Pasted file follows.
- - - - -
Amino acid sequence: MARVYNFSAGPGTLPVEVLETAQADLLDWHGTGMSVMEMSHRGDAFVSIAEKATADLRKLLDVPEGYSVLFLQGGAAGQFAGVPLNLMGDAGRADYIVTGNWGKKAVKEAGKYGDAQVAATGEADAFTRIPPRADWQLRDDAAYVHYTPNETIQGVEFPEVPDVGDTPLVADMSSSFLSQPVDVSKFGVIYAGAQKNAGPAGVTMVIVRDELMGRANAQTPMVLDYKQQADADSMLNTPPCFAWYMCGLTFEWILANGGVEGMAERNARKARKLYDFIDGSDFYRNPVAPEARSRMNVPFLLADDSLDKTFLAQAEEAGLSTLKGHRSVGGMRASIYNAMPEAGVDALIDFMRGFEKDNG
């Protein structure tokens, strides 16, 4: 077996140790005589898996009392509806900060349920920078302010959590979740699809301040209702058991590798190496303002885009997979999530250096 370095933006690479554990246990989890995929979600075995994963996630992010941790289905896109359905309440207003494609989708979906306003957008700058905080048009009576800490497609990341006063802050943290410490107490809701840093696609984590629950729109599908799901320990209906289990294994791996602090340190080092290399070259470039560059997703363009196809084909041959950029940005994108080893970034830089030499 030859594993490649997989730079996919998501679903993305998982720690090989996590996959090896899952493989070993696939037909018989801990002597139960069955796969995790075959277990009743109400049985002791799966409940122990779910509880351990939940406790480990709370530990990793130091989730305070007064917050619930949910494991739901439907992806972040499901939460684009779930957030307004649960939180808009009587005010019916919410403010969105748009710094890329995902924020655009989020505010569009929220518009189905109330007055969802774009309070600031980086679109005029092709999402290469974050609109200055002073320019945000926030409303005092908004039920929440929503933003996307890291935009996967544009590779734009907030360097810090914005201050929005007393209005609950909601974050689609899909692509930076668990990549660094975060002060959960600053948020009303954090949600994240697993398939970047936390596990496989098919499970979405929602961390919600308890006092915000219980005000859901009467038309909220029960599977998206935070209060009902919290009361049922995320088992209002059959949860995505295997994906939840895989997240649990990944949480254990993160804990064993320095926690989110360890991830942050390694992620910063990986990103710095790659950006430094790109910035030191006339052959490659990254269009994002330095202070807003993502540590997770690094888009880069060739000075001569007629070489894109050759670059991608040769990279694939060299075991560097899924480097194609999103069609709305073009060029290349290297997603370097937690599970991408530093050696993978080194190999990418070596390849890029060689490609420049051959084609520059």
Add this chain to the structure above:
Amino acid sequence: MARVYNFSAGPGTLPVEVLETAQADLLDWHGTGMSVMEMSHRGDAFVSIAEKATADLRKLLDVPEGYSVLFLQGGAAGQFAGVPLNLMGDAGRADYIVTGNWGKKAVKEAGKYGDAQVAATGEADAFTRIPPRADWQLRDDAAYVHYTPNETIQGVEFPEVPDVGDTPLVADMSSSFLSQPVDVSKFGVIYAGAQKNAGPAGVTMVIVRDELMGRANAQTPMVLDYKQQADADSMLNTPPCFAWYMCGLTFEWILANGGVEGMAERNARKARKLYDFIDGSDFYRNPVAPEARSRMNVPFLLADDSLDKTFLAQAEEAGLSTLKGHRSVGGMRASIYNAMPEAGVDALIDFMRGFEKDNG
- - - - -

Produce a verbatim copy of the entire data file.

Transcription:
Amino acid sequence: MARVYNFSAGPGTLPVEVLETAQADLLDWHGTGMSVMEMSHRGDAFVSIAEKATADLRKLLDVPEGYSVLFLQGGAAGQFAGVPLNLMGDAGRADYIVTGNWGKKAVKEAGKYGDAQVAATGEADAFTRIPPRADWQLRDDAAYVHYTPNETIQGVEFPEVPDVGDTPLVADMSSSFLSQPVDVSKFGVIYAGAQKNAGPAGVTMVIVRDELMGRANAQTPMVLDYKQQADADSMLNTPPCFAWYMCGLTFEWILANGGVEGMAERNARKARKLYDFIDGSDFYRNPVAPEARSRMNVPFLLADDSLDKTFLAQAEEAGLSTLKGHRSVGGMRASIYNAMPEAGVDALIDFMRGFEKDNG
């Protein structure tokens, strides 16, 4: 077996140790005589898996009392509806900060349920920078302010959590979740699809301040209702058991590798190496303002885009997979999530250096 370095933006690479554990246990989890995929979600075995994963996630992010941790289905896109359905309440207003494609989708979906306003957008700058905080048009009576800490497609990341006063802050943290410490107490809701840093696609984590629950729109599908799901320990209906289990294994791996602090340190080092290399070259470039560059997703363009196809084909041959950029940005994108080893970034830089030499 030859594993490649997989730079996919998501679903993305998982720690090989996590996959090896899952493989070993696939037909018989801990002597139960069955796969995790075959277990009743109400049985002791799966409940122990779910509880351990939940406790480990709370530990990793130091989730305070007064917050619930949910494991739901439907992806972040499901939460684009779930957030307004649960939180808009009587005010019916919410403010969105748009710094890329995902924020655009989020505010569009929220518009189905109330007055969802774009309070600031980086679109005029092709999402290469974050609109200055002073320019945000926030409303005092908004039920929440929503933003996307890291935009996967544009590779734009907030360097810090914005201050929005007393209005609950909601974050689609899909692509930076668990990549660094975060002060959960600053948020009303954090949600994240697993398939970047936390596990496989098919499970979405929602961390919600308890006092915000219980005000859901009467038309909220029960599977998206935070209060009902919290009361049922995320088992209002059959949860995505295997994906939840895989997240649990990944949480254990993160804990064993320095926690989110360890991830942050390694992620910063990986990103710095790659950006430094790109910035030191006339052959490659990254269009994002330095202070807003993502540590997770690094888009880069060739000075001569007629070489894109050759670059991608040769990279694939060299075991560097899924480097194609999103069609709305073009060029290349290297997603370097937690599970991408530093050696993978080194190999990418070596390849890029060689490609420049051959084609520059």
Add this chain to the structure above:
Amino acid sequence: MARVYNFSAGPGTLPVEVLETAQADLLDWHGTGMSVMEMSHRGDAFVSIAEKATADLRKLLDVPEGYSVLFLQGGAAGQFAGVPLNLMGDAGRADYIVTGNWGKKAVKEAGKYGDAQVAATGEADAFTRIPPRADWQLRDDAAYVHYTPNETIQGVEFPEVPDVGDTPLVADMSSSFLSQPVDVSKFGVIYAGAQKNAGPAGVTMVIVRDELMGRANAQTPMVLDYKQQADADSMLNTPPCFAWYMCGLTFEWILANGGVEGMAERNARKARKLYDFIDGSDFYRNPVAPEARSRMNVPFLLADDSLDKTFLAQAEEAGLSTLKGHRSVGGMRASIYNAMPEAGVDALIDFMRGFEKDNG